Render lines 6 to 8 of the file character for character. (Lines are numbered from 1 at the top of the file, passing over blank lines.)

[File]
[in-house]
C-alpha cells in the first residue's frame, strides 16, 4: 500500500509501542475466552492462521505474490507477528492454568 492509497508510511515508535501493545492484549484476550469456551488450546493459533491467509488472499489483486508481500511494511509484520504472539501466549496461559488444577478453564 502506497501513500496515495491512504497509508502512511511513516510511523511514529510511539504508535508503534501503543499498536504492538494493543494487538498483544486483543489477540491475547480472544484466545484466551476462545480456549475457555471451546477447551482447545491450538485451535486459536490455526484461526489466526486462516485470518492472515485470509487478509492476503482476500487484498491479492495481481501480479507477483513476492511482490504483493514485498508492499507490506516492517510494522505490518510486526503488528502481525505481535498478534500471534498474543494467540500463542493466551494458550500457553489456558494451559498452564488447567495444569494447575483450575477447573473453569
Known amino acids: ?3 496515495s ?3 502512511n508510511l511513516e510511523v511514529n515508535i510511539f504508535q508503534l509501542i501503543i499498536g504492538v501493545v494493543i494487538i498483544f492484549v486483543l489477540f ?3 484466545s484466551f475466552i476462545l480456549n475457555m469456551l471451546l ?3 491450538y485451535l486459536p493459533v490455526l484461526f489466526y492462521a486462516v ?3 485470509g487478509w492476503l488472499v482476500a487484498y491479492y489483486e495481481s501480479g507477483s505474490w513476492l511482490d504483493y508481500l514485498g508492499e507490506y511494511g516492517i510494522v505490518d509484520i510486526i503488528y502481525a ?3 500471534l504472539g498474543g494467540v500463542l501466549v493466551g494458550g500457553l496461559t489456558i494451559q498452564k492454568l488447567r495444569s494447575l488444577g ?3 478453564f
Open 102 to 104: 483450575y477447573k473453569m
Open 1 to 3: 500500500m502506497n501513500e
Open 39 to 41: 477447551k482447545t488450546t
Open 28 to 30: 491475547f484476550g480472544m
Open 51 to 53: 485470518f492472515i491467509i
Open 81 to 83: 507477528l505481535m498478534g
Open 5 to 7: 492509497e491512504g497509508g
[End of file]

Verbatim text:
Open 39 to 41: 477447551k482447545t488450546t
Open 28 to 30: 491475547f484476550g480472544m
Open 51 to 53: 485470518f492472515i491467509i